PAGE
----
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Acquisition Outline

Law Outlines > Property Outlines

This is an extract of our Acquisition document, which we sell as part of our Property Outlines collection written by the top tier of University Of Michigan Law School students.

The following is a more accessble plain text extract of the PDF sample above, taken from our Property Outlines. Due to the challenges of extracting text from PDFs, it will have odd formatting:

I.

ACQUISITION OF PROPERTY a. The Rule of Capture i. Discovery??Lands are only owned if their occupants exercise a sufficient degree of occupancy to establish possession. Historically, nomads who did not establish permanent settlements were only entitled to a right of occupancy. Lands which were not owned went to whichever European nation whose citizens first discovered it. One European power could take discovered territory from another through mutual agreement or conquest. The American Revolution transferred sovereignty over America from the British Crown to the U.S. Government. Johnson v. M'Intosh: Ps succeeded to investors who bought land from an Indian tribe before the Revolution. Ds bought the same land from the federal government after the Revolution. Held, the Indians did not possess the land, because they were nomadic and did not establish permanent villages, and therefore did not have title to the land, only a right of occupancy. The only party who can convey title to the Indian-occupied lands is the sovereign. The British Crown obtained title to the land when its citizens discovered/conquered it. The American government succeeded to the Crown's title after the Revolution. Since Ps bought the land directly from the Indians, who did not have title, the sale was invalid. ii. Wild Animals?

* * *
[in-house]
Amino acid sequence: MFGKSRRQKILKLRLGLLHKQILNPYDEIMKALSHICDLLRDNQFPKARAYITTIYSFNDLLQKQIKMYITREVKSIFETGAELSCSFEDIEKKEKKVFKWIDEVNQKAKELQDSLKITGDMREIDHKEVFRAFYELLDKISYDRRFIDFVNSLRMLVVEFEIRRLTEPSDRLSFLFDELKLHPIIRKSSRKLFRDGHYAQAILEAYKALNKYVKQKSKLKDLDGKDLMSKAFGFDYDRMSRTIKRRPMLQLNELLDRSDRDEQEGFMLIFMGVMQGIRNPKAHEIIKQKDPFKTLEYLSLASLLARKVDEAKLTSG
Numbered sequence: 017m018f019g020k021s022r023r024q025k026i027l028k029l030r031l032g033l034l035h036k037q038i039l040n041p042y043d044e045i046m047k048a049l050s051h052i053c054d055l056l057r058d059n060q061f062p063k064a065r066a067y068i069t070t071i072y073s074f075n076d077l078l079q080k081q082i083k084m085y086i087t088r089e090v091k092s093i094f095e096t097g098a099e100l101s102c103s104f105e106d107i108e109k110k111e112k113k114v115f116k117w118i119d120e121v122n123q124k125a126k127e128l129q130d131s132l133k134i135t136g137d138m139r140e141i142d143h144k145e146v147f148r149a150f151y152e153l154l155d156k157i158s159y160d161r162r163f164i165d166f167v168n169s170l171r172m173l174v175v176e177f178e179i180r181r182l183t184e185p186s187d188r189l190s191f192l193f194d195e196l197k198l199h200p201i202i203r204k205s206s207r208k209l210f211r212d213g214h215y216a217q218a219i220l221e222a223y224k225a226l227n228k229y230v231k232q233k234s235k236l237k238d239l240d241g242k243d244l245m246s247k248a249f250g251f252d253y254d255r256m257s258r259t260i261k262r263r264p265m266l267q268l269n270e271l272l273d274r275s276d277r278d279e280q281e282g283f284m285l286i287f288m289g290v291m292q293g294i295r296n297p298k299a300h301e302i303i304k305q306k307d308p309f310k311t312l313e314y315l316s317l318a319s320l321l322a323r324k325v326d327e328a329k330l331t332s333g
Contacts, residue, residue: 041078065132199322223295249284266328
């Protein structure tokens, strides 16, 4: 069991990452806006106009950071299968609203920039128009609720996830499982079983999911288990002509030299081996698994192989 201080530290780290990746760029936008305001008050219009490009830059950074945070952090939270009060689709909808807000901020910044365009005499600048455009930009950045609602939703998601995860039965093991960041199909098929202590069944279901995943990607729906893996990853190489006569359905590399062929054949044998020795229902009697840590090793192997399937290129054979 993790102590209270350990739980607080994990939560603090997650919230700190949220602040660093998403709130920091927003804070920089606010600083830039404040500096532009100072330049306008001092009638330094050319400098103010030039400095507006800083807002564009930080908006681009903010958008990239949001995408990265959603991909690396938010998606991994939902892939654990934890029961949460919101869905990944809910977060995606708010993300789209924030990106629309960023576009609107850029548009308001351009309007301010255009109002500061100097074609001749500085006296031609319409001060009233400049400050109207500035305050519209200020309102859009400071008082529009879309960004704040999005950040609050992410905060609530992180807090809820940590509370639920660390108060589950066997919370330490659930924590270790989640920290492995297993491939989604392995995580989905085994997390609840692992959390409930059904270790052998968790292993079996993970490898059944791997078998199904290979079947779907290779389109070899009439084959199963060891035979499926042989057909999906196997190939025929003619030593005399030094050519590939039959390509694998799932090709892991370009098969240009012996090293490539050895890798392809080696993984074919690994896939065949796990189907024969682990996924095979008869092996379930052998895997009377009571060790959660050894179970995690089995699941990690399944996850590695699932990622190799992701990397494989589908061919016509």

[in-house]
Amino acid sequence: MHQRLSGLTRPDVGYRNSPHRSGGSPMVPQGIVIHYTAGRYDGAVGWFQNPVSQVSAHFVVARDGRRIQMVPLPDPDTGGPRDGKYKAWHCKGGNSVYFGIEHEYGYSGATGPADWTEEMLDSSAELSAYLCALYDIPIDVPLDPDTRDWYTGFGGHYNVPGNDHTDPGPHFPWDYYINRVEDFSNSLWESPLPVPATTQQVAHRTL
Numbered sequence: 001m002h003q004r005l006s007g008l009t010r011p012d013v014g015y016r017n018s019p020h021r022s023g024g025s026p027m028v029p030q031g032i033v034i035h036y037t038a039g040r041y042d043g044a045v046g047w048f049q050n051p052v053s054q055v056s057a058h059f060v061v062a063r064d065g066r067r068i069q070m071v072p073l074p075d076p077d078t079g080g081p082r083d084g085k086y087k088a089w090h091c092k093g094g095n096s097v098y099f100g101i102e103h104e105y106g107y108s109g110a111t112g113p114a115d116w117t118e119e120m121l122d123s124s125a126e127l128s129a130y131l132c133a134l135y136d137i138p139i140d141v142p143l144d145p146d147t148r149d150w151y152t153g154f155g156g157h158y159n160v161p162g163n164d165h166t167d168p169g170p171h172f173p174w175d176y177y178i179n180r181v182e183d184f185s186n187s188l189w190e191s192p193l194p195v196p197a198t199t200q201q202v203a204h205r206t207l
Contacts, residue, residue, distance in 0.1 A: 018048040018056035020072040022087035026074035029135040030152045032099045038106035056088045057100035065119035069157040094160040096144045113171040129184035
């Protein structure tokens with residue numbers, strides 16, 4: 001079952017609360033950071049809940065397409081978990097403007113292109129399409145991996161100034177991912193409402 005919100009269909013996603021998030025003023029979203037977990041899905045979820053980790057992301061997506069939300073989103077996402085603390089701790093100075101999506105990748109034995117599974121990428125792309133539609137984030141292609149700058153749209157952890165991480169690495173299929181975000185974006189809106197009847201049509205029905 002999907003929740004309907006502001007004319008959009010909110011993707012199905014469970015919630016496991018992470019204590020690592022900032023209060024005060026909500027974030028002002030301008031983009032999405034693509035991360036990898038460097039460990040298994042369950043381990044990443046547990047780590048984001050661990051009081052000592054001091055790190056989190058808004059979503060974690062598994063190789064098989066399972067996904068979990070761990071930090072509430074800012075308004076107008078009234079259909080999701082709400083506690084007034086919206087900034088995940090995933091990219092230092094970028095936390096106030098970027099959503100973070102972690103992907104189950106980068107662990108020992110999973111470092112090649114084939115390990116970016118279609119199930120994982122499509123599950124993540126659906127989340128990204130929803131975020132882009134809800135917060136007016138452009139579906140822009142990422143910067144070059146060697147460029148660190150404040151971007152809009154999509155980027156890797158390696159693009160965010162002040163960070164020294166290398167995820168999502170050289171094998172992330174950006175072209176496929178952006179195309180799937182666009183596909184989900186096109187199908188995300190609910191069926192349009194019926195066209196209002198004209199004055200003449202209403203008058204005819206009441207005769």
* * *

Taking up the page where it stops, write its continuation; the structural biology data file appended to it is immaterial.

The Rule of Capture states that ferae naturae become the property of the captor who 1) Deprives the animal of its natural liberty; 2) manifests a clear intent to take possession; and 3) takes total control of the animal. This establishes occupancy in the creature and gives the captor superior title against subsequent possessors. o Natural liberty: merely wounding or pursuing is not enough. See: Pierson v. Post. o Clear intent: killing an animal and then walking away leaves it up for grabs. o Total control: an animal which is halfway in your net before escaping is up for grabs. But see: Popov v. Hayashi; where captor A's ability to establish total control was disrupted by the wrongful intervention of third parties, the proceeds from the sale of the ball were equitably split between A and B. Policy: The RoC promotes competition to actually capture animals, rather than pursuers. Actual capture is easier to prove than mere pursuit. (But note: the RoC promotes harvest, and does not account for our interest in conservation.)

1. OccupancyOrdinarily, satisfying all the elements of the RoC gives a captor superior claim against all others, even if he subsequently loses the animal to another.

2. Ratione Soli?Ratione soli is the "law of the soil;" it entitles a landowner to game captured on his land. Ratione soli trumps occupancy if captor A takes the animal while trespassing on B's land. Provided an animal is on your land, you have an action against anyone who interferes in your right to harvest it. See: Keeble v. Hickeringill.

3. Animus Revertendi?

A wild animal who is captured and escapes is typically up for grabs. BUT, a wild animal who is captured and tamed, such that it exhibits an instinct to return to its original master, is not available for capture.

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